Often, our allegiance to God’s kingdom counters the cultural norms and values of this world, and we will be misunderstood and persecuted as a result. Persecution against Christianity can come in different forms. In some cases, it’s as simple as being taunted or abandoned by family and friends and, in more extreme cases, losing civil rights and personal safety. In Philippians 1:27-30, Paul instructs believers not to fear our opponents: “…stand firm in the one spirit, striving together as one for the faith of the gospel without being frightened in any way by those who oppose you.” Having faith in Christ goes hand in hand with suffering for Christ, but we should not live in fear, because he will deliver us from our persecutors. The rest of verse 28 further explains that our fearlessness and ability to withstand suffering is proof that God alone will bring deliverance, and those who opposed us will be destroyed: “This [fearlessness] is a sign to them that they will be destroyed, but that you will be saved—and that by God.” “Destroyed” sounds harsh here, but I believe in modern terms this means the social systems and government institutions that upheld our persecution will be removed. There are many forms of deliverance, such as deliverance from sickness, toxic environments, or unhealthy habits, but there is also the ultimate deliverance: when Christ returns—when his kingdom becomes visible and tangible to his believers. According to Matthew 24:36, no one knows when this ultimate deliverance will happen, but it will happen. Whatever persecution we are facing is temporary, because God guarantees deliverance.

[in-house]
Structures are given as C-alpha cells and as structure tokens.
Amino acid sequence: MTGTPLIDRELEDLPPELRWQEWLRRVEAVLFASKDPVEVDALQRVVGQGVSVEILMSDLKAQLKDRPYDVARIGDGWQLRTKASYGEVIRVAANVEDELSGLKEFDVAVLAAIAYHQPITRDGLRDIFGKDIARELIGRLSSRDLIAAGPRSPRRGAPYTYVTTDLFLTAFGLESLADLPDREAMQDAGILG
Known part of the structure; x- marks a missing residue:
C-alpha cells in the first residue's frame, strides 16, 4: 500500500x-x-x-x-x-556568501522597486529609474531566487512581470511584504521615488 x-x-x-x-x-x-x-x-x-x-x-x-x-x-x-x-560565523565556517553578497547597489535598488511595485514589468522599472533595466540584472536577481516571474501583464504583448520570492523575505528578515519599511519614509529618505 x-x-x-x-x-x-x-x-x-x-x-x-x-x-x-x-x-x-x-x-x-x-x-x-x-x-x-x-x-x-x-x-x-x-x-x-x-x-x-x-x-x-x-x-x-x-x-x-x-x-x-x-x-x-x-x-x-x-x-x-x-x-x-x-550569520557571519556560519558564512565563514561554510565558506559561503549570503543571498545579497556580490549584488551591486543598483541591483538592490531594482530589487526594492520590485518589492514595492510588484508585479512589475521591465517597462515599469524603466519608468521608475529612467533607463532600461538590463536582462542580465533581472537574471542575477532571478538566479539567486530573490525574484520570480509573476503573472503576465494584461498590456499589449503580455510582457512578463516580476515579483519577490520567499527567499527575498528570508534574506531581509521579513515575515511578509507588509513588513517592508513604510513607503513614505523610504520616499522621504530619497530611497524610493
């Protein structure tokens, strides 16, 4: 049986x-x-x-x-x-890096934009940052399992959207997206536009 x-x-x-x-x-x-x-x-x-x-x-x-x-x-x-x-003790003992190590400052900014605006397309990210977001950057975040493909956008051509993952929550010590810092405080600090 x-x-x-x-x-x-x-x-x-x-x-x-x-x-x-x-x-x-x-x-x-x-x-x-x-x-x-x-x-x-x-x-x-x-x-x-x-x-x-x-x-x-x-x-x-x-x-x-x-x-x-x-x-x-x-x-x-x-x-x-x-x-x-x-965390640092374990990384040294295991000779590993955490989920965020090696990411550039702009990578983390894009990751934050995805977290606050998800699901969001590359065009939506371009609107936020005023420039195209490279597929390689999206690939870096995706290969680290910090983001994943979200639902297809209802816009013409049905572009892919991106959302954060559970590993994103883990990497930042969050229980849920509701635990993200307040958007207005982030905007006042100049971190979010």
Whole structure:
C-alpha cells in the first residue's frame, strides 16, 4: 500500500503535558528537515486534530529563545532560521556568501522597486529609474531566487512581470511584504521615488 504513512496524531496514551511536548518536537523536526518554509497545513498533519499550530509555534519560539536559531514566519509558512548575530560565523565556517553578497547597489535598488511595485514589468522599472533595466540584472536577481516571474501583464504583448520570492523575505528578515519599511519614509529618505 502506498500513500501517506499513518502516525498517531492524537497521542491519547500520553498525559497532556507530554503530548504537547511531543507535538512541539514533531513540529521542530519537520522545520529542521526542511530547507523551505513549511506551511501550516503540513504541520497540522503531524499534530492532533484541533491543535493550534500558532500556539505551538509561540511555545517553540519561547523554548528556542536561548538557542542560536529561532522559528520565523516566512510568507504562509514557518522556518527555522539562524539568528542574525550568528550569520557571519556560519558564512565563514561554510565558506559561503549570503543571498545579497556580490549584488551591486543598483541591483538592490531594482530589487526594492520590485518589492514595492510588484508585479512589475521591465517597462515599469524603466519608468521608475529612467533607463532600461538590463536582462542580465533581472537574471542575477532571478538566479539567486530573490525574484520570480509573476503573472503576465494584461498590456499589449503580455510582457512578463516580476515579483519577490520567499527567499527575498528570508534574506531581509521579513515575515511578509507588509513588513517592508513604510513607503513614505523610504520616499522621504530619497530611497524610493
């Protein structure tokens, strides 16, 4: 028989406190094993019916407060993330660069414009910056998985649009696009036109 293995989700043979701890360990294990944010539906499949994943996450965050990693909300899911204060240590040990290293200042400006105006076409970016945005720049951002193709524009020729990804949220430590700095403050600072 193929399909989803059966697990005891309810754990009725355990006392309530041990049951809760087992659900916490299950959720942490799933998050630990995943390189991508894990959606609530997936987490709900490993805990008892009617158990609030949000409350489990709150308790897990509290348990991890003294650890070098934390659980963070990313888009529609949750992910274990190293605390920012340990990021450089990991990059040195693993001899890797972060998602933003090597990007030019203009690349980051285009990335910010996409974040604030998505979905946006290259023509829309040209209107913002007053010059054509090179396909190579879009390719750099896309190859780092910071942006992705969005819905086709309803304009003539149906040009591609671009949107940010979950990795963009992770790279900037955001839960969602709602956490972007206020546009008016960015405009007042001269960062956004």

In Philippians 2:3-4, Paul instructs believers to serve in unity through empathy: “Do nothing out of selfish ambition or vain conceit. Rather, in humility value others above yourselves, not looking to your own interests but each of you to the interests of others.” Not only should believers look out for those in our own communities, but we should also be considerate of the well-being of others outside of them—even if that means putting their interests above our own. Paul further emphasizes this point in 3 John 1:5, “You are [showing your faith] in what you are doing for the brothers and sisters, even though they are strangers to you.”